Voriconazole exhibits non-linear elimination in adults. It is estimated that increasing the oral dose of voriconazole from 200 mg Q12h to 300 mg Q12h leads to a 2.5-fold increase in exposure, and increasing the intravenous dose from 3 mg/kg Q12h to 4 mg/kg Q12h results in a 2.3-fold increase in exposure (package insert). In contrast, clearance of voriconazole in children is linear, necessitating higher dosing per kg of body weight in children to achieve comparable exposure as adults [74,75].

There can be considerable inter-individual variability and intra-individual variability over time in voriconazole exposure [76,77]. Small studies have noted a relationship between low plasma voriconazole levels and failure of therapy of invasive mycoses [78,79], and between high voriconazole levels and toxicity [79,80]. Therapeutic drug monitoring for voriconazole should be considered, particularly in cases of refractory fungal disease or drug toxicity. Therapeutic drug monitoring is however limited by lack of well-defined reference ranges for serum drug levels. In cases of suspected therapeutic failure, aiming for a serum voriconazole of at least 2 ug/ml is reasonable based on limited published data is reasonable [78].

Mould-active azoles and ketoconazole are potent inhibitors of cytochrome P450 3A4 (CYP3A4), which catalyzes the initial step in the clearance of several drugs. Inhibition of the CYP3A4 isoenzyme by azoles accounts for the majority of drug-drug interactions. Certain drugs metabolized by CYP3A4 require dose reduction when co-administered with voriconazole (e.g., calcineurin inhibitors).

Resistance of Aspergillus species to antifungal agents is a possible cause of failure of therapy. Aspergillus terreus is resistant to amphotericin B [81]. Mutations in the cyp51A gene of A. fumigatus have been linked to resistance to itraconazole; isolates harboring this mutation as also less sensitive to other mould-active azoles [82].

For patients with invasive aspergillosis refractory to voriconazole or who are intolerant of voriconazole, a lipid formulation of amphotericin B or an echinocandin can be used. Lipid formulations are generally preferred over amphotericin B deoxycholate for invasive aspergillosis, given that prolonged use of the conventional formulation is poorly tolerated because of nephrotoxicity. Of the echinocandins, caspofungin is approved by the U.S. FDA as salvage therapy for invasive aspergillosis. Caspofungin monotherapy led to a successful outcome in 37 (45%) of 83 patients with invasive aspergillosis, 86% of whom had disease refractory to standard antifungal therapy [83].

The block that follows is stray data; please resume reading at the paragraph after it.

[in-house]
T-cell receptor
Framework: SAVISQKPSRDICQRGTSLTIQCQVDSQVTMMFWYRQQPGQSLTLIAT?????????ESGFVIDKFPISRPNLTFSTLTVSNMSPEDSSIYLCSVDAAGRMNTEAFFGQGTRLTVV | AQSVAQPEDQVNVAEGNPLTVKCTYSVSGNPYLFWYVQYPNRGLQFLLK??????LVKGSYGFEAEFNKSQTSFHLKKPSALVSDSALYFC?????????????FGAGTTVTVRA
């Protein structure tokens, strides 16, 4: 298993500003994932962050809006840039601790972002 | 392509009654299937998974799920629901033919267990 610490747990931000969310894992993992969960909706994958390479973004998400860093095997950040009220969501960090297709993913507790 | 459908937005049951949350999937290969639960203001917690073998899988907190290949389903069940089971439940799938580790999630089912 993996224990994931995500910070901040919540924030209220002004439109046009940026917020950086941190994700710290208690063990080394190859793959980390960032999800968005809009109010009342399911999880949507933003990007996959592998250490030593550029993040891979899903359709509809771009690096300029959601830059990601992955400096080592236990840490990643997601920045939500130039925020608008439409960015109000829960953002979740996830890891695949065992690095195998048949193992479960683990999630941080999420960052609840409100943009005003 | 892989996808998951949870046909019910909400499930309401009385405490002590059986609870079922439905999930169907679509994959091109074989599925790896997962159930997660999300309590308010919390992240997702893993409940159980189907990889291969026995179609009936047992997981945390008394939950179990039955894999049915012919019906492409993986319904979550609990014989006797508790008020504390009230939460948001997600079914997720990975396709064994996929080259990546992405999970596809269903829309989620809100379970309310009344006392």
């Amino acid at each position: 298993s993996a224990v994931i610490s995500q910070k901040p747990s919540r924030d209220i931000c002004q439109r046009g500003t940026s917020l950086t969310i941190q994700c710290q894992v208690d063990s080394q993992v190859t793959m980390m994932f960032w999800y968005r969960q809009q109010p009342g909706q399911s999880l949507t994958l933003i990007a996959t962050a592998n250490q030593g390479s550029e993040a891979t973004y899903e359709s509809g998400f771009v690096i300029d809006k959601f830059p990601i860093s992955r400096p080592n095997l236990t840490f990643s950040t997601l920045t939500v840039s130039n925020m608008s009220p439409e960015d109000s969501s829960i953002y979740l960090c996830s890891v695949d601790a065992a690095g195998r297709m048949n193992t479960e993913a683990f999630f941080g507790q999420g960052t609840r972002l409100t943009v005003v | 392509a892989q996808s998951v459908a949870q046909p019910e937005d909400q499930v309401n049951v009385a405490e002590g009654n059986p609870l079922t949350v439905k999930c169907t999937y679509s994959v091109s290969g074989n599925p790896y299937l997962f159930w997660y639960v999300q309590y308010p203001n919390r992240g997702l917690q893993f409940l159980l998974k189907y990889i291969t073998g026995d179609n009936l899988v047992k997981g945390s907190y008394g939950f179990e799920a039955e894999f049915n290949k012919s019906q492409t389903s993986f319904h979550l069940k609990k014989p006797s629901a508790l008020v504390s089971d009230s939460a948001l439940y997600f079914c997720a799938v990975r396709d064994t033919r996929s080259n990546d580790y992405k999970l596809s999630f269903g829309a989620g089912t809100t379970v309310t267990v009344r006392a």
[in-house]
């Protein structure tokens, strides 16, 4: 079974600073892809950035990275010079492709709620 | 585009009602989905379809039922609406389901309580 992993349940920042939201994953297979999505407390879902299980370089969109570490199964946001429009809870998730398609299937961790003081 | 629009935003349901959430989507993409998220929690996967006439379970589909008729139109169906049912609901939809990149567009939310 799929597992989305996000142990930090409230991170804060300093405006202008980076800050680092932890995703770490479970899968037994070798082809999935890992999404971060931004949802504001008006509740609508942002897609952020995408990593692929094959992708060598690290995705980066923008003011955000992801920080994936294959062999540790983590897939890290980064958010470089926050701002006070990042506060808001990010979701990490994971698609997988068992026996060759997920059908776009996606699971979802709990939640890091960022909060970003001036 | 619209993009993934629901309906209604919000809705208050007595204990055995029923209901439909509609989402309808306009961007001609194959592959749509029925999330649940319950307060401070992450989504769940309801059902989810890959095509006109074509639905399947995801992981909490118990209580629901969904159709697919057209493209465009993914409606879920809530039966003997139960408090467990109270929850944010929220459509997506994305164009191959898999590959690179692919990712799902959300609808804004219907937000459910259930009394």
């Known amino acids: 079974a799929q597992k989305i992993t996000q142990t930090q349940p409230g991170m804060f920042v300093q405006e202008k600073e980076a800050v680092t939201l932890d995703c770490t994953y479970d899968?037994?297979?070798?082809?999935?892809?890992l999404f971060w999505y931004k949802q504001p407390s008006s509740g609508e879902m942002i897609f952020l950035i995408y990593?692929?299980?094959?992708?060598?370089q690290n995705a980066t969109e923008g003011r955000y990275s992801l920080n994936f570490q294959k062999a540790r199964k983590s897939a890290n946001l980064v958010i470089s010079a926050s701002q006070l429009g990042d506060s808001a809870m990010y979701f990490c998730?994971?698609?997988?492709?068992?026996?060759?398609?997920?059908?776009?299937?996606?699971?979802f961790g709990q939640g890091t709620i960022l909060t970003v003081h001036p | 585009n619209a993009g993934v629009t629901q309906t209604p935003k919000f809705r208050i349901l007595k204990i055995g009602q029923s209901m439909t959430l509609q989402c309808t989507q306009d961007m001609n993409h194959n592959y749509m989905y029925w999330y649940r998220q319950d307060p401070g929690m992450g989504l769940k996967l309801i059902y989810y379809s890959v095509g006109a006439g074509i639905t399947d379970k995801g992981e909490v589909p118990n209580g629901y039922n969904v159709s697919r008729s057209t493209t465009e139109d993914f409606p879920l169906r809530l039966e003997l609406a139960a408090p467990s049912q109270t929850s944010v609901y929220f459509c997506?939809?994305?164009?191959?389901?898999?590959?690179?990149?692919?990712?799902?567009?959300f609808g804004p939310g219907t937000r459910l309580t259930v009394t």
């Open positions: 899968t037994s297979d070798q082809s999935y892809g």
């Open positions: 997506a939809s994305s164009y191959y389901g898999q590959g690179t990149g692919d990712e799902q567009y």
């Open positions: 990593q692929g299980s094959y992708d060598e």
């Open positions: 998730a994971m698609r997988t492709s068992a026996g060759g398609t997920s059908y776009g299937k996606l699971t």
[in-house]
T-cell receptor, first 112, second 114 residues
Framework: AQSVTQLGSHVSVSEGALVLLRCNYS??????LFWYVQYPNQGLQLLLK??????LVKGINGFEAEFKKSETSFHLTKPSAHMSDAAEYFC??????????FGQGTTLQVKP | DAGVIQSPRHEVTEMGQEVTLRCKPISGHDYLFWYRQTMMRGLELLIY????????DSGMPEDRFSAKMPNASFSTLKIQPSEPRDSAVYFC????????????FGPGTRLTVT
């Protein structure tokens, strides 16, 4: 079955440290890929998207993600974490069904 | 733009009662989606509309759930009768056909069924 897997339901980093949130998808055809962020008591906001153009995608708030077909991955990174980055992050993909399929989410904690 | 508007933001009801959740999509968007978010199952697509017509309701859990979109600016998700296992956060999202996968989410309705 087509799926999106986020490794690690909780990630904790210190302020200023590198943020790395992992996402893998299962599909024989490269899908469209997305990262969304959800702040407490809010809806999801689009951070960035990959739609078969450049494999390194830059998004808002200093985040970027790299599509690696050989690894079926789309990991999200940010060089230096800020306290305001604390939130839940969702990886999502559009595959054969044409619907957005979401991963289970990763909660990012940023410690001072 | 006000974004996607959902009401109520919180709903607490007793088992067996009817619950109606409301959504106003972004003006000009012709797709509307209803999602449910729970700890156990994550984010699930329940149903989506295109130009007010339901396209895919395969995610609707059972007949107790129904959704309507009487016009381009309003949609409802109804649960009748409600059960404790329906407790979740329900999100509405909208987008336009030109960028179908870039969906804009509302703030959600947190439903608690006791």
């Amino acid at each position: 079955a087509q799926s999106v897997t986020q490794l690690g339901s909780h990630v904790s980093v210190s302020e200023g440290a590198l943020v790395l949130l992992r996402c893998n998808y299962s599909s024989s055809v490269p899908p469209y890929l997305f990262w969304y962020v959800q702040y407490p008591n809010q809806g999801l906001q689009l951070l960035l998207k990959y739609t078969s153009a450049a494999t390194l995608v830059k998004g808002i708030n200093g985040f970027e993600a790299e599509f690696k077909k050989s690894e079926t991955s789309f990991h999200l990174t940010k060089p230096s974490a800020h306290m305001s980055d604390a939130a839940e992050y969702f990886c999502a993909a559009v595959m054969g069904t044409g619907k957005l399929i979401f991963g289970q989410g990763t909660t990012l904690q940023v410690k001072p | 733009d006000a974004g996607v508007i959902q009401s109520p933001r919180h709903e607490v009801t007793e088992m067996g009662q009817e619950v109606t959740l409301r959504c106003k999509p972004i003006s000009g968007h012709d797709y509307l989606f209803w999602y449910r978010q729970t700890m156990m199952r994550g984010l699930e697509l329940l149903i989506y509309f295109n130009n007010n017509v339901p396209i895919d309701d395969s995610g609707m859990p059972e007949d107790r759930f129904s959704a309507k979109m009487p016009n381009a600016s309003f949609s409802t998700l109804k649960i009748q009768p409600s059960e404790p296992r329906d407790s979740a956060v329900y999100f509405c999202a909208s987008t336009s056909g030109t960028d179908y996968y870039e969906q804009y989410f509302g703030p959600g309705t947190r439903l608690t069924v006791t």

There is substantial interest in pairing cell wall-active echinocandins with either amphotericin B formulations or mould-active azoles as therapy for invasive aspergillosis. In one provocative study, Marr et al.[84] reported a survival advantage of voriconazole plus caspofungin compared to voriconazole alone in a retrospective analysis of salvage therapy for invasive aspergillosis. However, this database involved small numbers of patients, and the two groups were non-contemporaneous; therefore, other host and infection-related factors may have influenced the outcome. A randomized trial comparing voriconazole (the gold standard) with voriconazole and anidulafungin (an echinocandin) has been initiated.

When feasible, immunosuppressive therapy (e.g., corticosteroids) should be reduced or discontinued. Adjunctive myeloid colony-stimulating factors (G-CSF or GM-CSF) should be considered in neutropenic patients with severe infections, such as aspergillosis [85]. Granulocyte transfusions in neutropenic patients can be considered in refractory or disseminated aspergillosis, realizing that their benefit versus toxicity risk has not been established [86]. Although marrow recovery is critically important for host defense against aspergillosis, myeloid recovery may lead to the liquefaction of pulmonary foci and increase the risk of pulmonary hemorrhage [87] and may increase pulmonary consolidation as part of an immune reconstitution syndrome in patients with invasive aspergillosis [88,89]. Adjunctive recombinant interferon-γ, which activates neutrophils and monocytes, can also be considered in cases of severe or refractory aspergillosis [90].

Future perspectives

We are gaining more knowledge about how the host response to Aspergillus species that may prove to be useful in developing novel prevention and treatment strategies. In addition to the severe forms of immune impairment that predispose to invasive aspergillosis (e.g., prolonged neutropenia, immunosuppressive regiments used in transplantation), variations in specific host defense alleles also likely affect risk offungal disease. As examples, Bochud et al. [91] showed that donor TLR4 polymorphisms affected the risk of invasive aspergillosis in allogeneic HSCT recipients. Zaas et al. [92] showed in both mouse models of aspergillosis and in human allogeneic HSCT recipients that polymorphisms in the plasminogen allele affected the risk of aspergillosis. Such studies may be useful to more precisely stratify immunocompromised patients regarding risk of aspergillosis, and potentially use more targeted approaches to antifungal prophylaxis.

We are also learning more about the biology of Aspergillus species that might be exploited therapeutically. Fungal genomic studies have shown that members of the Aspergillus genus are extremely diverse. The level of molecular divergence among certain Aspergillus species is similar to the divergence between humans and fish [93]. Although most cases of invasive aspergillosis are caused by A. fumigatus, it represents a small minority of aerosolized spores that would be in contact with human respiratory mucosa. Therefore, one of the major benefits of comparative genomics among pathogenic and non-pathogenic Aspergillus species will be to identify pathways (virulence factors) that enable disease to occur in susceptible hosts, and to identify novel targets for drug development. The recent discovery of a sexual cycle in A. fumigatus provides an invaluable tool top study the genetic basis of pathogenicity and antifungal resistance in A. fumigatus [94].